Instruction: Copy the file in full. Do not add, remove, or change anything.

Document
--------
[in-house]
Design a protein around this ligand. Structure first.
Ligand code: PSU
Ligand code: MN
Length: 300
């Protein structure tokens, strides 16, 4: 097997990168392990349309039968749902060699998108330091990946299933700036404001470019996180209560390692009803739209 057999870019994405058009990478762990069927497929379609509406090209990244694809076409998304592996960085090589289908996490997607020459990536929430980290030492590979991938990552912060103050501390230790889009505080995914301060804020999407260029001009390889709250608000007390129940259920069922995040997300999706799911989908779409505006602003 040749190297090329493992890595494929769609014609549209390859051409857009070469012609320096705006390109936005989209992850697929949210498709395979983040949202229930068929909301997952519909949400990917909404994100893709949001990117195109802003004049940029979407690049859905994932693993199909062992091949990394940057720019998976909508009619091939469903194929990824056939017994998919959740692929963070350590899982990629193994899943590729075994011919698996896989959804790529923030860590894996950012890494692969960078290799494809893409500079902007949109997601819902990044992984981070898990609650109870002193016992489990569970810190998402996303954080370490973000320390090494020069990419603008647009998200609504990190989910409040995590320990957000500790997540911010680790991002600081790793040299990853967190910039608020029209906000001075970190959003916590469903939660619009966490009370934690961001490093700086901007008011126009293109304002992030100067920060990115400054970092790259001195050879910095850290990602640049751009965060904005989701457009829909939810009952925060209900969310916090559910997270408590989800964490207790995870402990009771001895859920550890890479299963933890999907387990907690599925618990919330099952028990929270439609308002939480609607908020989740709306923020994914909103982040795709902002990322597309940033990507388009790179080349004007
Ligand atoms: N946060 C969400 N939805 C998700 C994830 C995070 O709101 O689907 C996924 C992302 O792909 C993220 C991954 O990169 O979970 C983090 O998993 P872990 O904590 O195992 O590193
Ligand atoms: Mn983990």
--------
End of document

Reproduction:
[in-house]
Design a protein around this ligand. Structure first.
Ligand code: PSU
Ligand code: MN
Length: 300
């Protein structure tokens, strides 16, 4: 097997990168392990349309039968749902060699998108330091990946299933700036404001470019996180209560390692009803739209 057999870019994405058009990478762990069927497929379609509406090209990244694809076409998304592996960085090589289908996490997607020459990536929430980290030492590979991938990552912060103050501390230790889009505080995914301060804020999407260029001009390889709250608000007390129940259920069922995040997300999706799911989908779409505006602003 040749190297090329493992890595494929769609014609549209390859051409857009070469012609320096705006390109936005989209992850697929949210498709395979983040949202229930068929909301997952519909949400990917909404994100893709949001990117195109802003004049940029979407690049859905994932693993199909062992091949990394940057720019998976909508009619091939469903194929990824056939017994998919959740692929963070350590899982990629193994899943590729075994011919698996896989959804790529923030860590894996950012890494692969960078290799494809893409500079902007949109997601819902990044992984981070898990609650109870002193016992489990569970810190998402996303954080370490973000320390090494020069990419603008647009998200609504990190989910409040995590320990957000500790997540911010680790991002600081790793040299990853967190910039608020029209906000001075970190959003916590469903939660619009966490009370934690961001490093700086901007008011126009293109304002992030100067920060990115400054970092790259001195050879910095850290990602640049751009965060904005989701457009829909939810009952925060209900969310916090559910997270408590989800964490207790995870402990009771001895859920550890890479299963933890999907387990907690599925618990919330099952028990929270439609308002939480609607908020989740709306923020994914909103982040795709902002990322597309940033990507388009790179080349004007
Ligand atoms: N946060 C969400 N939805 C998700 C994830 C995070 O709101 O689907 C996924 C992302 O792909 C993220 C991954 O990169 O979970 C983090 O998993 P872990 O904590 O195992 O590193
Ligand atoms: Mn983990």